Jake Adelstein is certainly a man with guts. In the early 1990s he was a student at Sophia University in Tokyo, where he wrote for the student newspaper. At some point before the fall of 1992, he decided to try getting a job as a reporter at one of Japan's biggest dailies. Incredibly, he went on to work for 12 years at Japan's biggest daily, covering the police beat and writing stories that covered the gamut of human vice. Until he found a story that forced him out of the country.
The most striking thing about Adelstein's adventure is him even getting a foot in the door of a Japanese newspaper in the first place. It borders on the fantastic, if you consider the ease with which Adelstein slips into Japan's biggest daily. I can't imagine a case where a Japanese university student in America, or any foreigner for that matter, gets a job at a major U.S. daily, let alone at the hallowed New York Times, especially one who violates interview dress conventions by wearing a funeral suit to the interview. But Japan was very different and this is exactly what Adelstein managed to pull off, despite going to the interview in a funeral suit. His friends at the school newspaper titter at the comedy when Adelstein appears to them, fresh out of several hundred dollars in a black suit: they suggest he apply to the yakuza instead of the paper. “You could be the first gaijin yakuza!” The Force is with Adelstein to be sure and his wardrobe mix up doesn't stop him from getting the job.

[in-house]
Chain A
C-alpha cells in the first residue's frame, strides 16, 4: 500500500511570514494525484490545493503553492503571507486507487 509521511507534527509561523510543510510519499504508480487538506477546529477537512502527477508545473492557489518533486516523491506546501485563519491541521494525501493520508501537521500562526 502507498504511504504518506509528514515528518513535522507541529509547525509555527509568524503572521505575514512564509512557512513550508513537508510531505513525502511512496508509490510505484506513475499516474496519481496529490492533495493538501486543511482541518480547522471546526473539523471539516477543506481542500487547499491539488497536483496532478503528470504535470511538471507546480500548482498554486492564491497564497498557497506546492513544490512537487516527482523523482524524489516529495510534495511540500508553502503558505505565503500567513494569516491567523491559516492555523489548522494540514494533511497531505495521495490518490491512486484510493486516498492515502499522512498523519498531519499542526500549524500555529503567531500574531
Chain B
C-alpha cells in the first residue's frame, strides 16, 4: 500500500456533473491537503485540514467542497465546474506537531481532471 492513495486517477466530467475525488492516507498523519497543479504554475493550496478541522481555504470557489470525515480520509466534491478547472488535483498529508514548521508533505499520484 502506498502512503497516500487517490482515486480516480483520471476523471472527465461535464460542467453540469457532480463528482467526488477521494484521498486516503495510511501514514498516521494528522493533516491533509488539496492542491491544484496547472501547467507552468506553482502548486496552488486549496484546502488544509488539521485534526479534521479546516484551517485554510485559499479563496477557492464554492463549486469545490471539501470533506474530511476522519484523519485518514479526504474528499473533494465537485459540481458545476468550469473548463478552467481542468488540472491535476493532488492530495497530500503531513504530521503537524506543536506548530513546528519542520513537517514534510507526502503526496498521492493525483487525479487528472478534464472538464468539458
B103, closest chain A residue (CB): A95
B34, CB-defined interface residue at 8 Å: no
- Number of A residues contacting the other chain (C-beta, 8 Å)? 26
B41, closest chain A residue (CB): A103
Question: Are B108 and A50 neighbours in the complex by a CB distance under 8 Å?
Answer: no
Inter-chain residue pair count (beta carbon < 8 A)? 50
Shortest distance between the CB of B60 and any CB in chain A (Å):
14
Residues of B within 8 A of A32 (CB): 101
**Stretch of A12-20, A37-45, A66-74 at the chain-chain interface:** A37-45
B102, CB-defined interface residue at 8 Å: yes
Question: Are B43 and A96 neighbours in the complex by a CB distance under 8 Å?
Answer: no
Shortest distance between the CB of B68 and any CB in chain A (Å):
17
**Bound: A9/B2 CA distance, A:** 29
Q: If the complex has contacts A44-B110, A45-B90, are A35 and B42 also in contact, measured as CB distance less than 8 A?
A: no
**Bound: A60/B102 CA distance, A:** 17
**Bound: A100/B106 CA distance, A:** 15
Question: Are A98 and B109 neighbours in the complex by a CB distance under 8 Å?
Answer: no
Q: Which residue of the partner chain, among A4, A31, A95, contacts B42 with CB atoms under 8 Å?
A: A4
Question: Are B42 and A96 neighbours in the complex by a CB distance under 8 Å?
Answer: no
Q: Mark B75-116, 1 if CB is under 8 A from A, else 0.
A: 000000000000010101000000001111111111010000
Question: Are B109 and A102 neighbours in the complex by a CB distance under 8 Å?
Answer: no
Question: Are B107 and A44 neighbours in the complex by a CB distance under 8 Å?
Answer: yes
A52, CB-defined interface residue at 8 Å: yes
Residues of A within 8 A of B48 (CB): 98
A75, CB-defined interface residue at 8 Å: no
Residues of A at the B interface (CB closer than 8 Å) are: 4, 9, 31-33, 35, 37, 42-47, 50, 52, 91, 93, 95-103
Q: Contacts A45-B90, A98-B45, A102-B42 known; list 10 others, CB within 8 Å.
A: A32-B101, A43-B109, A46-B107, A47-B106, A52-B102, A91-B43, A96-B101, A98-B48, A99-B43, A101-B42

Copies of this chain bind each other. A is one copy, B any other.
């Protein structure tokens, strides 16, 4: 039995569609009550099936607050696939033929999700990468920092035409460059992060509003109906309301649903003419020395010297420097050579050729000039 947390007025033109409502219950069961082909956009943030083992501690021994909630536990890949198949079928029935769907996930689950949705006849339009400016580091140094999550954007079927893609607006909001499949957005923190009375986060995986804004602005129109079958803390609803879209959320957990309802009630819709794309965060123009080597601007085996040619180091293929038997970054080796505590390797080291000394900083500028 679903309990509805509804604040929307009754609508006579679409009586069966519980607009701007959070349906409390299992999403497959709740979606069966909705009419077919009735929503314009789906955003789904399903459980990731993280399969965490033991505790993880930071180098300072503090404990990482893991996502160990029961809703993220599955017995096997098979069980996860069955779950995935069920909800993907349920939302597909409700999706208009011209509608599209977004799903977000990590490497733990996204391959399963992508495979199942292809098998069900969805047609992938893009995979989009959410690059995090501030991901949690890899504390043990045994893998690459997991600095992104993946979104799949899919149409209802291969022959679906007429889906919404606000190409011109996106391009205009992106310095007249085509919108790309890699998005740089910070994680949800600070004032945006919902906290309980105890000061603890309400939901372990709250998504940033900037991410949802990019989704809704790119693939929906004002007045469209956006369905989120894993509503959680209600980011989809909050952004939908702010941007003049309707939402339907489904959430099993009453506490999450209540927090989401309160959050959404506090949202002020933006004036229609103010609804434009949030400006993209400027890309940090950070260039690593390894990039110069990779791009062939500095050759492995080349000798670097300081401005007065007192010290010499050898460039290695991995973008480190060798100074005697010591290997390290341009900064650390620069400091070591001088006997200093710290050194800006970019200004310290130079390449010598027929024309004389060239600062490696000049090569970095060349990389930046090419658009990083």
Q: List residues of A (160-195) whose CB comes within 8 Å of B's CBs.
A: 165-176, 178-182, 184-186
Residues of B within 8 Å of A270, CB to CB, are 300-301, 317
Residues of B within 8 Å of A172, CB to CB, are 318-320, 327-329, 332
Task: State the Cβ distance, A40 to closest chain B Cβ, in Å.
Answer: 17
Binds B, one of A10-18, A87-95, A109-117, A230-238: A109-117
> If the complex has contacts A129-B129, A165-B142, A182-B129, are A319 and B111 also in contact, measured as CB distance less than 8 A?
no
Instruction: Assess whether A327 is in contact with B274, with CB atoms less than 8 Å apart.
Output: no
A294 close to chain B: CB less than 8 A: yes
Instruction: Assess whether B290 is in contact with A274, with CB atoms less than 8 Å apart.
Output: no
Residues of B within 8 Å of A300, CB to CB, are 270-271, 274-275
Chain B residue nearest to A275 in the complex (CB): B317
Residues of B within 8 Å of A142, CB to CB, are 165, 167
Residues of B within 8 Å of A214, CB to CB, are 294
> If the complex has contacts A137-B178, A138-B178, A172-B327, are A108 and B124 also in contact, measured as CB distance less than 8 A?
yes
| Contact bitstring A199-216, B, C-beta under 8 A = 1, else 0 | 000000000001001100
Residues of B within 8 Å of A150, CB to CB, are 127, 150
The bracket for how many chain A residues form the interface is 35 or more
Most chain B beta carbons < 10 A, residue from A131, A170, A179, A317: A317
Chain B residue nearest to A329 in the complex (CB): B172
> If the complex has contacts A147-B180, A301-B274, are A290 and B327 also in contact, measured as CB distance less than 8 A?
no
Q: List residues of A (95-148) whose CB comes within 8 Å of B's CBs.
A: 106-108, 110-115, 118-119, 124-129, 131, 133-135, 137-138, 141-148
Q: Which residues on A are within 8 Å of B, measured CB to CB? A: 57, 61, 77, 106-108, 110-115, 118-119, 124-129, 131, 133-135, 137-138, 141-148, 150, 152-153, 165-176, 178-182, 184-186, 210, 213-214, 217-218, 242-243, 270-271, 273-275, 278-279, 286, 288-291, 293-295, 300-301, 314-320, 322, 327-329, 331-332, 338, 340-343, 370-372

We're there along with him in Tokyo Vice: An American Reporter on the Police Beat in Japan as he makes his way in the world of Japan's biggest daily newspaper. The stories, sometimes funny, involve Adelstein learning how to do business as a reporter in Japan, his developing sources, and making faux pas like hurling snot at a big-time reporter during a festive meal. He survives with career intact because some Japanese think the gaijin are cute, if utterly clueless.